2 years ago

Keepmoat Homes Homeowner Manual

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A handy homeowner manual for Keepmoat Homes customers.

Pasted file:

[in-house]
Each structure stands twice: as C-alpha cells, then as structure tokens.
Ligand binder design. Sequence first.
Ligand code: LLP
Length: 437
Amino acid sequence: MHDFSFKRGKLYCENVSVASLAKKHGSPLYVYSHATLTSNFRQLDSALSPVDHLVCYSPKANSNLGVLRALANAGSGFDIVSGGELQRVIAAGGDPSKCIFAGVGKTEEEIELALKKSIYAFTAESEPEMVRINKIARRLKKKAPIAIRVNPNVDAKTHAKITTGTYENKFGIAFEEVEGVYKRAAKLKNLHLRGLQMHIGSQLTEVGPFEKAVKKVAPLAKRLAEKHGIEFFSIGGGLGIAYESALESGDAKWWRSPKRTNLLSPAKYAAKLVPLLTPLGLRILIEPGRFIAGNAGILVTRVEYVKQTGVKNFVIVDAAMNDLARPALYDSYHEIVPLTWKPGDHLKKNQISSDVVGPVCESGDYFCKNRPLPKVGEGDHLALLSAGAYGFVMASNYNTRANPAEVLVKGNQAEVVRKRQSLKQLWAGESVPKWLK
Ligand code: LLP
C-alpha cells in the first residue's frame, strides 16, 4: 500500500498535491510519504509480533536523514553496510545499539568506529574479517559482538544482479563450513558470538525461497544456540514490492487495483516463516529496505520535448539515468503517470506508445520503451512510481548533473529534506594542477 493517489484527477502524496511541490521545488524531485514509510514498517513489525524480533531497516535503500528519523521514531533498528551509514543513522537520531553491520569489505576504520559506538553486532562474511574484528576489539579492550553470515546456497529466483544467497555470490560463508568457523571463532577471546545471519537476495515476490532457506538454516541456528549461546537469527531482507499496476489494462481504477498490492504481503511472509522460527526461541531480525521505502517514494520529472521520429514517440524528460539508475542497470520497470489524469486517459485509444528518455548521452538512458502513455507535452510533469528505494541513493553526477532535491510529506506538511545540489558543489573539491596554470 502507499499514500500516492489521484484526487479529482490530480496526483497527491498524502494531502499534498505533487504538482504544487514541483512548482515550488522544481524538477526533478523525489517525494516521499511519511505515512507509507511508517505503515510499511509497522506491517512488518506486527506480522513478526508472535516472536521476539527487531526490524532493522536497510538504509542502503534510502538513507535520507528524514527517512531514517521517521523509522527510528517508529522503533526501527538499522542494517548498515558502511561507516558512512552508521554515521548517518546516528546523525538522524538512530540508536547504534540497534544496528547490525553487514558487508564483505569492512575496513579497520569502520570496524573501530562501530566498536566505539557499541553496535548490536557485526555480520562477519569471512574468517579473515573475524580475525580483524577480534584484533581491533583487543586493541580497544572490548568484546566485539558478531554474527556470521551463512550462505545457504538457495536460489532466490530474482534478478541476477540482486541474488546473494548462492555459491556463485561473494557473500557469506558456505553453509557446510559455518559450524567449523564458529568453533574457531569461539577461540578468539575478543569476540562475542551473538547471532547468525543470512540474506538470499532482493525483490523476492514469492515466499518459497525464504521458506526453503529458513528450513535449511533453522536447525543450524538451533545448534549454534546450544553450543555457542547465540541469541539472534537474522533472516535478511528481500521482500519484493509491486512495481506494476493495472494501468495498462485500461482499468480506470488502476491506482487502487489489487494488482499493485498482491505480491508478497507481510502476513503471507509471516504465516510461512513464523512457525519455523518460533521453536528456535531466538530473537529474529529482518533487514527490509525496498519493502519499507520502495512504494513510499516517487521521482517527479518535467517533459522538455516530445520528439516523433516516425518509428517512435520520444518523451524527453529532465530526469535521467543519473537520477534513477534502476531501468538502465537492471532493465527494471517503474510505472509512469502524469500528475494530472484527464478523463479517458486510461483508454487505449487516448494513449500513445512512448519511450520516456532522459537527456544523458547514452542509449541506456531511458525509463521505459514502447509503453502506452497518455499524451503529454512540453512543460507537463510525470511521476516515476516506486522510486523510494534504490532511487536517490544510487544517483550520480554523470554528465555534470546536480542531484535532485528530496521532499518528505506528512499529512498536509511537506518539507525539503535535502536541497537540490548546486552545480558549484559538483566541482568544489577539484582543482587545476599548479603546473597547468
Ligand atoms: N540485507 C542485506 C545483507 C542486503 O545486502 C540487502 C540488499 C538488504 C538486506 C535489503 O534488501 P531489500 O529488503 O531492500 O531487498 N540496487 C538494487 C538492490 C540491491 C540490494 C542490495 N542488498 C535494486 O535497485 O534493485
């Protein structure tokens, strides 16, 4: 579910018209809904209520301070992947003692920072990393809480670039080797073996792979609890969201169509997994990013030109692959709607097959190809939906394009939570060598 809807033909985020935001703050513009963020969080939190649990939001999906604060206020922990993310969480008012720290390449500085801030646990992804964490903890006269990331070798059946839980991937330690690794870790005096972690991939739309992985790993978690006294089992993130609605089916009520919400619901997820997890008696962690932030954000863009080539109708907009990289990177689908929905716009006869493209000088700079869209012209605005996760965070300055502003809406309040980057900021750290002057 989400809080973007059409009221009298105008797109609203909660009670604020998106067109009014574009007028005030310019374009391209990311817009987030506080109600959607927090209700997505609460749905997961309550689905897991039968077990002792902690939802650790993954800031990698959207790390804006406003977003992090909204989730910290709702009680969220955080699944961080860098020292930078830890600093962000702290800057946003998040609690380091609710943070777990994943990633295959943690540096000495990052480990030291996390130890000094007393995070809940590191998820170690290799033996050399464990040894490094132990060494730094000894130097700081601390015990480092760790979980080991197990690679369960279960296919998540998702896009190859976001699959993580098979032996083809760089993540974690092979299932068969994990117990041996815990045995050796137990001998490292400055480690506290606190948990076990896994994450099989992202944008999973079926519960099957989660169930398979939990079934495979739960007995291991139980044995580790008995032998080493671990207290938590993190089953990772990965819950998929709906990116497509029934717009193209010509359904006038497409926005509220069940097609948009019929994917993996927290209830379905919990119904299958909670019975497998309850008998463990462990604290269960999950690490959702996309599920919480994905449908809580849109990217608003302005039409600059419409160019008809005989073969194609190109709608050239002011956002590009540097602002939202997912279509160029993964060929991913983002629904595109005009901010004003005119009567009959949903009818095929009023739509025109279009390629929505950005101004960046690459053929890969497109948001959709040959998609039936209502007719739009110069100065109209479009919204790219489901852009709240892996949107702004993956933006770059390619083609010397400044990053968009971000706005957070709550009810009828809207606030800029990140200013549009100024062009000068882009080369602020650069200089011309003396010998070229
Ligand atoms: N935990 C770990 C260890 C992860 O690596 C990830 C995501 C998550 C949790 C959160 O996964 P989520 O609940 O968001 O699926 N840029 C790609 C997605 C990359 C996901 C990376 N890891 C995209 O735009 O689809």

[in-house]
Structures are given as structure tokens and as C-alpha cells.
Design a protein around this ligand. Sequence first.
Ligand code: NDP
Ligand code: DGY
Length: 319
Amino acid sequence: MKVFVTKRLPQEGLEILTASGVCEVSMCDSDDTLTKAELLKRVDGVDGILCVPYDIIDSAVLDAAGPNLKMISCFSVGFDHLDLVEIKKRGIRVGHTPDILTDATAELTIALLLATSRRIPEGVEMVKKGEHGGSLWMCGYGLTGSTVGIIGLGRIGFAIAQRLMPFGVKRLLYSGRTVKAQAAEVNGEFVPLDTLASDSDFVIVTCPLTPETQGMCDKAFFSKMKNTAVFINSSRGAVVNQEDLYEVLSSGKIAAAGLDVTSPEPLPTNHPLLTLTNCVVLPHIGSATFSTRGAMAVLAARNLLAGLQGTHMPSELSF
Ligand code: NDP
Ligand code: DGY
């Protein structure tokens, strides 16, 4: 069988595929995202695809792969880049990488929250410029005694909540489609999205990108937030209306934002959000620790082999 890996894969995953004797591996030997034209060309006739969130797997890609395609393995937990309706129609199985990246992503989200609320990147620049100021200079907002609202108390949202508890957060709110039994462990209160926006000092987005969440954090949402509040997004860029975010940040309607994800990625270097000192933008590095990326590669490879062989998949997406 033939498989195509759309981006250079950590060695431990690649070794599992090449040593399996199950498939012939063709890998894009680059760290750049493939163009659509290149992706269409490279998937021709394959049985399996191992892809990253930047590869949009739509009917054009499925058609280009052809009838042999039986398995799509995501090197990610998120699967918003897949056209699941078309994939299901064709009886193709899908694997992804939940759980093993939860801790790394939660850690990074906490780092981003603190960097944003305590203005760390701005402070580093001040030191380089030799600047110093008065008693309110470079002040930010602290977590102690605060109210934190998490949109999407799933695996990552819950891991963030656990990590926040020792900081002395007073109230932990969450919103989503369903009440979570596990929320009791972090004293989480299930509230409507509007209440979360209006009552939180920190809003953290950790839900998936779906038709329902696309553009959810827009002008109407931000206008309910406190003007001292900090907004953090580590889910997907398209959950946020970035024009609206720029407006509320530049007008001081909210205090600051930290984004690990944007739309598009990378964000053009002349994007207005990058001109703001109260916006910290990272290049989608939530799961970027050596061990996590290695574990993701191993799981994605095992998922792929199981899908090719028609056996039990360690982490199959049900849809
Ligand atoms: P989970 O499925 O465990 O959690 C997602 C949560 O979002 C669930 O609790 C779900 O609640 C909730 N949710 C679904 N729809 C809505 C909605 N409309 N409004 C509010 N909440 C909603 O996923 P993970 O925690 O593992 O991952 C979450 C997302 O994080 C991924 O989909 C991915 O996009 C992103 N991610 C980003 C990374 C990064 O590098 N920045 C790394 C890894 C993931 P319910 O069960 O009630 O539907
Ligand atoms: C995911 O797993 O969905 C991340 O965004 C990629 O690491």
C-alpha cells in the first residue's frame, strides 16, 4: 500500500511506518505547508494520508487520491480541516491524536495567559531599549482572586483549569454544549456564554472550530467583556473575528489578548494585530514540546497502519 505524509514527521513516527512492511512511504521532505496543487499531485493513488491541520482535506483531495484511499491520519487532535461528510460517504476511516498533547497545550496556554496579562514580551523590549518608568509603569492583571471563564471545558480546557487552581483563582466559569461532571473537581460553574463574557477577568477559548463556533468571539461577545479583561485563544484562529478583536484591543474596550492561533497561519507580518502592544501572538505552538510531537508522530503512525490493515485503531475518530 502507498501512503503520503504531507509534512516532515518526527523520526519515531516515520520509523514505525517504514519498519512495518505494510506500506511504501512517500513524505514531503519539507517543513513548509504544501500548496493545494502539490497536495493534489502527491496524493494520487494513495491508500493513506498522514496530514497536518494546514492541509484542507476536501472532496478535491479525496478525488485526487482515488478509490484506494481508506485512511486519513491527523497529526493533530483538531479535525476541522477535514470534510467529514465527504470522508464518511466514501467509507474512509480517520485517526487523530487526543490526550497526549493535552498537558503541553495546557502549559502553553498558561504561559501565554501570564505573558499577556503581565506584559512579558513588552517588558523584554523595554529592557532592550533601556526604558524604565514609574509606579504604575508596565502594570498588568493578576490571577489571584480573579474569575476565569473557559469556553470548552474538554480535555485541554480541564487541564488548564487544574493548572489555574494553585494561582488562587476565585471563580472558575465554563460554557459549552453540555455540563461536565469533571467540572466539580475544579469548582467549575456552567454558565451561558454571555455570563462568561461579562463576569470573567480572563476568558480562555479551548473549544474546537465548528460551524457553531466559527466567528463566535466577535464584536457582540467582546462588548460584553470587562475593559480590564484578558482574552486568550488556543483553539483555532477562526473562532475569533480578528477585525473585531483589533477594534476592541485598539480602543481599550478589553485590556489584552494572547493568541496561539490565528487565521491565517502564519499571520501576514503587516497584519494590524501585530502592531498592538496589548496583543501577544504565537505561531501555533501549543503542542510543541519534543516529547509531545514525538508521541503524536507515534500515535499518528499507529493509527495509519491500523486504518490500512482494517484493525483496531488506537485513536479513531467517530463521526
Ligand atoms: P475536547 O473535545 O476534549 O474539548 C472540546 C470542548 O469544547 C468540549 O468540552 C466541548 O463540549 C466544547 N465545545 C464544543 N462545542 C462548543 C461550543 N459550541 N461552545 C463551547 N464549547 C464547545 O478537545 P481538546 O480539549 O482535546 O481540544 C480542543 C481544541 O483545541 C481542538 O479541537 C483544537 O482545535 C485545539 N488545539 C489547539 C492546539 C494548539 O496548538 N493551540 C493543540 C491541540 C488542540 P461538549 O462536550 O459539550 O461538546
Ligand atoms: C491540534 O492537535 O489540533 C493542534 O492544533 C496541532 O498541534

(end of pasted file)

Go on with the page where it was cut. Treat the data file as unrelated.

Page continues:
33 WELCOME TO YOUR NEW HOME 34 LOOKING AFTER YOUR GARDEN It takes time to fully establish a new garden and as the homeowner you will need to undertake ongoing maintenance to help it flourish. As standard, we provide a suitable garden with soil preparation, including top soil. And if you’ve chosen turf as an optional extra we will ensure this is laid before you move in (subject to weather conditions). It is your responsibility to put in the time to maintain and establish your new garden, so here are some things to note. Your lawn Regular ongoing maintenance of your new turf is crucial, a new garden can require more maintenance than an established one. Everyone loves a lush, green lawn. So, if you’ve had lawn laid, we’d recommend keeping off it for the first four to six weeks, this will allow it to settle down evenly and prevent lumps and bumps. Even small feet and paws can make a dent in the turf as it settles. Mow your lawn regularly from late March until early October and try to keep the grass to 25 – 50mm long. Adjust the mowing height on your lawn mower as required to avoid scalping the ground. Keeping the lawn slightly longer on the last cut of the year will give it better protection over the winter months. Note: Keepmoat is not responsible for the ongoing maintenance of your garden after legal completion. Newly laid turf should be watered daily until well‐rooted. Watering during the coolest part of the day, typically early morning or evening, to avoid boiling the turf. Water your lawn thoroughly during dry weather. As a guide, water your lawn if it has not rained for 5‐10 days. If the lawn turns brown during the summer, don’t worry, it should recover when the rain returns. To keep the turf in good condition, use a lawn fertiliser late March to April and again in May to August to help. Fertilisers should be applied when the soil is moist, or when rain is expected. You can also apply a selective lawn weed killer in April to May and again in September. Rake out any dead moss, leaves and thatch to encourage healthy growth. It’s always a good idea to aerate the lawn now and again by spiking it with a fork as this improves drainage and encourages root growth. Remove any objects, toys or garden furniture from the grass after use. Pets Pets are a delight to own but some can have a detrimental effect on your lawn. Bitches are notorious for ‘burning’ grass where they have urinated. Even ‘next door’s cat’ can leave marks. The signs to look for are dead or burnt circles. The best remedy is to dilute the urine with water to lessen the scorching effect. Trees, shrubs and plants If you have shrubs and plants in your garden it’s a good idea to keep the soil around them moist from March until September until they are well established. Keeping them free from weeds and grass will help them flourish too. It’s worth noting that if you plant any trees or hedges, that they take moisture out of the soil, so if you have clay in your soil, new planting may cause the earth to shrink and removing trees and hedges may make the earth swell. Fencing To keep your fencing looking good and to make sure it lasts longer, we recommend giving it a preservative treatment every other year. In the event of storm damage, you should refer to your home insurer. Paving Any weeds that crop up can usually be pulled off the surface of most paving or scraped off using a hoe or similar tool. Removal of the weed often brings away some of the sand, and this should be replaced so the slabs remain in place. The most straightforward way to clean your paving is to scrub with warm, soapy water. You can use washing‐up liquid and wash off the area with clean water to ensure no soapy residue is left behind. Drainage and inspection chambers Drainage for the property is often routed across gardens and frontages. The system also includes inspection chambers which may be located on paths or in the soft ground. These chambers have an important role in the maintenance of a free‐running drainage system. Therefore, they must not be covered or overgrown with foliage. Things to bear in mind about your new garden: • Garden levels – The exact size and nature of a garden is unique to each new home, which means there can be changes in the finished level. You should be aware that no garden will be completely flat. Garden slopes may be used to overcome smaller level variances and retaining walls and structures may be used to overcome significant changes in level. • Soil condition ‐ The soils within your garden are naturally occurring and therefore the characteristics of the soil can vary. Clay‐based soils are prevalent in many parts of the country due to our high levels of rainfall and you may experience some areas in your garden becoming saturated during and following periods of heavy rain. • Garden drainage ‐ Your garden drainage system mimics the pre‐development drainage situation as closely as possible. Whilst we provide a drainage system for surface water from homes and roads, it is industry practice that green areas such as gardens are not drained as they contribute towards natural water attenuation of rainfall.